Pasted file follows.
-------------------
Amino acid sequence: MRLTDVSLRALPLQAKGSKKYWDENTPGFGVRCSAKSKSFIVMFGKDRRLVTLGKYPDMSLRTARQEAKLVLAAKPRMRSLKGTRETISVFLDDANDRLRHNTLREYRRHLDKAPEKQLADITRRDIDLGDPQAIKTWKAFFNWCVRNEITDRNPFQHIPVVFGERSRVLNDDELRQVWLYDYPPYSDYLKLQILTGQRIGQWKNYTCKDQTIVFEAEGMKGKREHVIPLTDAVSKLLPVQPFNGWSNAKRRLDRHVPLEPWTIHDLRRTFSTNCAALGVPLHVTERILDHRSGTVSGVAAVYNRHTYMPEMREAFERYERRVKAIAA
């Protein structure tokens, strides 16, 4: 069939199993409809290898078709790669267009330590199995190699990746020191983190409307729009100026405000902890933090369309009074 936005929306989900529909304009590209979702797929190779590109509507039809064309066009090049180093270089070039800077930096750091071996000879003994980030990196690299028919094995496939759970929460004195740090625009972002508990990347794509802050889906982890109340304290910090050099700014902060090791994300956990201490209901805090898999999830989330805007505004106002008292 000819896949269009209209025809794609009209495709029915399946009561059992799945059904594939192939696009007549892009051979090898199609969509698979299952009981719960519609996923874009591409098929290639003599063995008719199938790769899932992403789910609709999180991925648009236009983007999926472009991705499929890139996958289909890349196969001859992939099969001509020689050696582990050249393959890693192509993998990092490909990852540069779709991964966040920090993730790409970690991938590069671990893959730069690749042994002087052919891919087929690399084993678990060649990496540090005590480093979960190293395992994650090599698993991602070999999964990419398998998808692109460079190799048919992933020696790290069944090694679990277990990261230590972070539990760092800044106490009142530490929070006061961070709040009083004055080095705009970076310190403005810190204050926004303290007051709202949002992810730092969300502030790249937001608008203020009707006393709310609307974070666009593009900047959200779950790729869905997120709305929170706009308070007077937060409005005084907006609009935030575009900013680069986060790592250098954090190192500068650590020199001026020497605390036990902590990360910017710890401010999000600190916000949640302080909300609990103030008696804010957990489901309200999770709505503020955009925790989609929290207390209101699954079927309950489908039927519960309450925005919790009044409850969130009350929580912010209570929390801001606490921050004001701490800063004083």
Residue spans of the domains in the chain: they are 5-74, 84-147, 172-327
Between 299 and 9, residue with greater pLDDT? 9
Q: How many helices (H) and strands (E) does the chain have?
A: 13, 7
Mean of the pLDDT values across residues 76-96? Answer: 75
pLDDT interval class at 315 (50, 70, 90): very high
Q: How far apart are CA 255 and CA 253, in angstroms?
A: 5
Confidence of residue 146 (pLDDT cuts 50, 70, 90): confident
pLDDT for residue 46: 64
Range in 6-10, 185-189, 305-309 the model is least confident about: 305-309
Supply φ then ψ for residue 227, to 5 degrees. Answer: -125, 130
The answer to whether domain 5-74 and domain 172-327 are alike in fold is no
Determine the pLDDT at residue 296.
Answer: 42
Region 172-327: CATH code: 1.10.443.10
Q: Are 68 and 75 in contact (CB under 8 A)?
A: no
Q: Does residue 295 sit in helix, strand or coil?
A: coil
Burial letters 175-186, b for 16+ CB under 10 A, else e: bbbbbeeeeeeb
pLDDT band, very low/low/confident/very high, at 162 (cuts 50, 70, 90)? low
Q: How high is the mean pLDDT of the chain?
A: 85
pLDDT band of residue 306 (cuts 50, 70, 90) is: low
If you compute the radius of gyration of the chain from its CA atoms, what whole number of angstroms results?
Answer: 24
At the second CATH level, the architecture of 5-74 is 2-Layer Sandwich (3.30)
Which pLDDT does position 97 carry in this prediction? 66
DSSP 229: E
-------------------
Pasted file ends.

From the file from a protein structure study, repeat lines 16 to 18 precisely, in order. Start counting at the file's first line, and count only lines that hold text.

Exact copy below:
Determine the pLDDT at residue 296.
Answer: 42
Region 172-327: CATH code: 1.10.443.10